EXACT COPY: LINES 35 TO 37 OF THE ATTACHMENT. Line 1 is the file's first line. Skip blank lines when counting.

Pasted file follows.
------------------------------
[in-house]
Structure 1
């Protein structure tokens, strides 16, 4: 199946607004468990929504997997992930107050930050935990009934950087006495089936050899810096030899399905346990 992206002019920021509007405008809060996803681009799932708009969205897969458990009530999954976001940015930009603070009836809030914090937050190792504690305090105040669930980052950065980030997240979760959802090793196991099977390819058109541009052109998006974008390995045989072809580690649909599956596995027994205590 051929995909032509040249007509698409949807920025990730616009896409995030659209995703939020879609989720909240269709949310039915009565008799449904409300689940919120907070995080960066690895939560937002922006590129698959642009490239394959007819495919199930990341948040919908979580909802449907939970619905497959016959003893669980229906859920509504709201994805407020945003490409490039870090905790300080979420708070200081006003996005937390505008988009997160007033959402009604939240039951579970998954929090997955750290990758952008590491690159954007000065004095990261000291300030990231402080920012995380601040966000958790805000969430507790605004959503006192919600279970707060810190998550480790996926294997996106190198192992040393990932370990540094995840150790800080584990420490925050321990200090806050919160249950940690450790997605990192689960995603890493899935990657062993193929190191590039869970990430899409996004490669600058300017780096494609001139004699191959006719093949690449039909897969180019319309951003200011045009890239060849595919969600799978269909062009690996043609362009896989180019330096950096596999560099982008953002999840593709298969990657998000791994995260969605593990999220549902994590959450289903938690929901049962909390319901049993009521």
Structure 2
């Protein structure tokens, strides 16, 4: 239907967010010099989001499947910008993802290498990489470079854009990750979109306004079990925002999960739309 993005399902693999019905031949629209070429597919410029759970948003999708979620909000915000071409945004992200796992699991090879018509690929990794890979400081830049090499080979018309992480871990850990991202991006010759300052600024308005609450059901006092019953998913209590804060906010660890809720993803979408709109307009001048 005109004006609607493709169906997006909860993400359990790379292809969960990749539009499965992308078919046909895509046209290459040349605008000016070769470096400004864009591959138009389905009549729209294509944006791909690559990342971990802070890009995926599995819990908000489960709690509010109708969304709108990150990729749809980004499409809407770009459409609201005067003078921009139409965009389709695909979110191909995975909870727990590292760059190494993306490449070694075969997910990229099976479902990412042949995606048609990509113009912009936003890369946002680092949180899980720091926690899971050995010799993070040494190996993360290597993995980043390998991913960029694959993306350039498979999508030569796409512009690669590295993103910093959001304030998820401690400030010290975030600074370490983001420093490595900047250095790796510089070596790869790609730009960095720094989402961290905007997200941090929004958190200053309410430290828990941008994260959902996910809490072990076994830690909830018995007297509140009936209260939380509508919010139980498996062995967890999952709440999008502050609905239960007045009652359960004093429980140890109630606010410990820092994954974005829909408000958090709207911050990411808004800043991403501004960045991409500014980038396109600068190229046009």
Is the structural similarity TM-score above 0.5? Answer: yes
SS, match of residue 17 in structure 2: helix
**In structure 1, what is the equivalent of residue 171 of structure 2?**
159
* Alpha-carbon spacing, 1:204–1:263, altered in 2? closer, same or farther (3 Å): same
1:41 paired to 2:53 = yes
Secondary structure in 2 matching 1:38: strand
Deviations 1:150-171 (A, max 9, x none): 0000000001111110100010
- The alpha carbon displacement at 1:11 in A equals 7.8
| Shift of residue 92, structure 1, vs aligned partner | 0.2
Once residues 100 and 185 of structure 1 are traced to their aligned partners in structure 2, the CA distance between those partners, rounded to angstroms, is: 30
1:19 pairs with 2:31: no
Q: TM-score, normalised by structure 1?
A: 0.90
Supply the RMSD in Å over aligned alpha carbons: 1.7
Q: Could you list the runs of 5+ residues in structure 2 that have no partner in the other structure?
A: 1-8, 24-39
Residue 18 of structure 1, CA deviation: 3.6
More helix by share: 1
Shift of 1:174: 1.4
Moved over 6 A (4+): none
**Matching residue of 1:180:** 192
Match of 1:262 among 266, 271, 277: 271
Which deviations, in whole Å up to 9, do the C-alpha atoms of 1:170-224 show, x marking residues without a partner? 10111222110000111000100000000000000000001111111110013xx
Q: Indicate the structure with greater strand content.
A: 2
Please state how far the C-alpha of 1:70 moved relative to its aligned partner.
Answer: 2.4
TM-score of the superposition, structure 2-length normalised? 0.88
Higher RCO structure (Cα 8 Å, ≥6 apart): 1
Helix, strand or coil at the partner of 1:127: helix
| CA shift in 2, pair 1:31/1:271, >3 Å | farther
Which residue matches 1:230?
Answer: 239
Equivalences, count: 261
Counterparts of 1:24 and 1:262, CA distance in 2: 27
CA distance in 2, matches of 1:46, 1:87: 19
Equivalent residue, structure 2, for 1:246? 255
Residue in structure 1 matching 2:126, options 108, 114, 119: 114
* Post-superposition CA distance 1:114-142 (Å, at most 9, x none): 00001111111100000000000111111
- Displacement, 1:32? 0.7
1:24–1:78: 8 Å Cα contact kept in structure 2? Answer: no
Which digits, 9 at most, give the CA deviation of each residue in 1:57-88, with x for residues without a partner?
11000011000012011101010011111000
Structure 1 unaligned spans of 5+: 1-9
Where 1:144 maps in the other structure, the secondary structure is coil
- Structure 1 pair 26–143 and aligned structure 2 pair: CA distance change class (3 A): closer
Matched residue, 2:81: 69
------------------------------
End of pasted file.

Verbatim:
Higher RCO structure (Cα 8 Å, ≥6 apart): 1
Helix, strand or coil at the partner of 1:127: helix
| CA shift in 2, pair 1:31/1:271, >3 Å | farther